by Freddy Tran Nager, Founder of Atomic Tango + Early Banner Ad Creator…
The biggest reason why banner ads don’t work? People simply don’t see them. We marketers call it “banner blindness.”
Back in 2007, researcher Jakob Nielsen conducted some eye-tracking studies that showed banner ads (sometimes called “display ads”) being ignored (see featured image above). All that gray area on the right? Yeah, that’s where the ads are. The only banner ads that got attention were annoying ones, which hurt the advertisers more than they helped.
The result: clickthrough rates on banner ads are laughably low – close to 0.05%.
No, I didn’t say 5%; I said 0.05%, as in 1/2,000 — and even that may be an overestimation. As an advertiser, you might get better results by flinging your business cards out your car window. At least the cop who tickets you will notice, and the littering fine will cost less than a banner campaign.
So the website-ad sales reps changed their tune: they now claim that banner ads have “never” been about clickthroughs, and that they were “always” about “branding” and “awareness.” (Insert laugh track here.)
Of course, you immediately see the problem with that, right? “See” being the operative term here… If the ads aren’t seen, how can they create branding and awareness?
In fact, online display ads are so ineffective, when Twitter recently tried to sell me ads on their platform, they EMAILED me. Hmmm, that tells me I should look more into email marketing…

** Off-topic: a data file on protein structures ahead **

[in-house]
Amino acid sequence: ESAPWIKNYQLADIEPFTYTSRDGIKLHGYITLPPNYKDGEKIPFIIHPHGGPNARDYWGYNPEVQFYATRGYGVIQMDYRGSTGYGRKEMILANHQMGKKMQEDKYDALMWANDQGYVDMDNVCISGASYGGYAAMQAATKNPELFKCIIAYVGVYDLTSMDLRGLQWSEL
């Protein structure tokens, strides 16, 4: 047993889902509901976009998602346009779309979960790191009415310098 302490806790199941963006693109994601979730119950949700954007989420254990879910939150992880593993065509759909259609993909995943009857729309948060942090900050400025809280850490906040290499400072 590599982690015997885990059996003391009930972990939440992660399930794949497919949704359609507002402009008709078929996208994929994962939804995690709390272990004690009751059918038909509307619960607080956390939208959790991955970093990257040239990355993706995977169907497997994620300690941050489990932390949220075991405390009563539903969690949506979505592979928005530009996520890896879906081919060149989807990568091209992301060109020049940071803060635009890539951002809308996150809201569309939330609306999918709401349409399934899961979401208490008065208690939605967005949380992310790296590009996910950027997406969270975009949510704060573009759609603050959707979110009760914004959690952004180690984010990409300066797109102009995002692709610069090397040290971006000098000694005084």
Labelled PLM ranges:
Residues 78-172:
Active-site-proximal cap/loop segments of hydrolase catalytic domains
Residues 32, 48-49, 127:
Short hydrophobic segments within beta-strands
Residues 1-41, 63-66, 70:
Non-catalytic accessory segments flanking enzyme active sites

So, if online banners don’t work, why are online ad sales hitting record sales, year after year after year? Nearly a decade after Nielsen’s damning study, banner ads are still big business.
It’s simple: banner ads are cheap and easy to sell.
Imagine that you’re a marketing consultant or agency, and you have a client who wants to run ads. At first, you’re flabbergasted, so you summon all your colleagues: “Quick, get a camcorder! We have to record this! A client actually wants to buy ads! A client actually realizes that relying on social media and word-of-mouth and permission marketing is a recipe for disaster! They’re going to advertise, advertise, advertise!”
After you finish draining the champagne bottles, you have to figure out what kind of advertising to recommend. There are millions of options, of course, but compare these two pitches:
- Option A: We’ll spend just a few thousand dollars placing banner ads on social networks and targeted websites, because that’s where your customers – particularly young people – are spending time. After all, traditional media is dead, right? The banner ads will take our designers less than an hour to whip up some options, and then you’ll pay only a few dollars for thousands of views. We’ll get real-time data on which ads are working and who’s engaging with them, either by viewing, hovering, or actually clicking through. This data will help us improve the ads on the fly, and we can even test a variety of ads with real customers, all inexpensively. Shall we do a test run?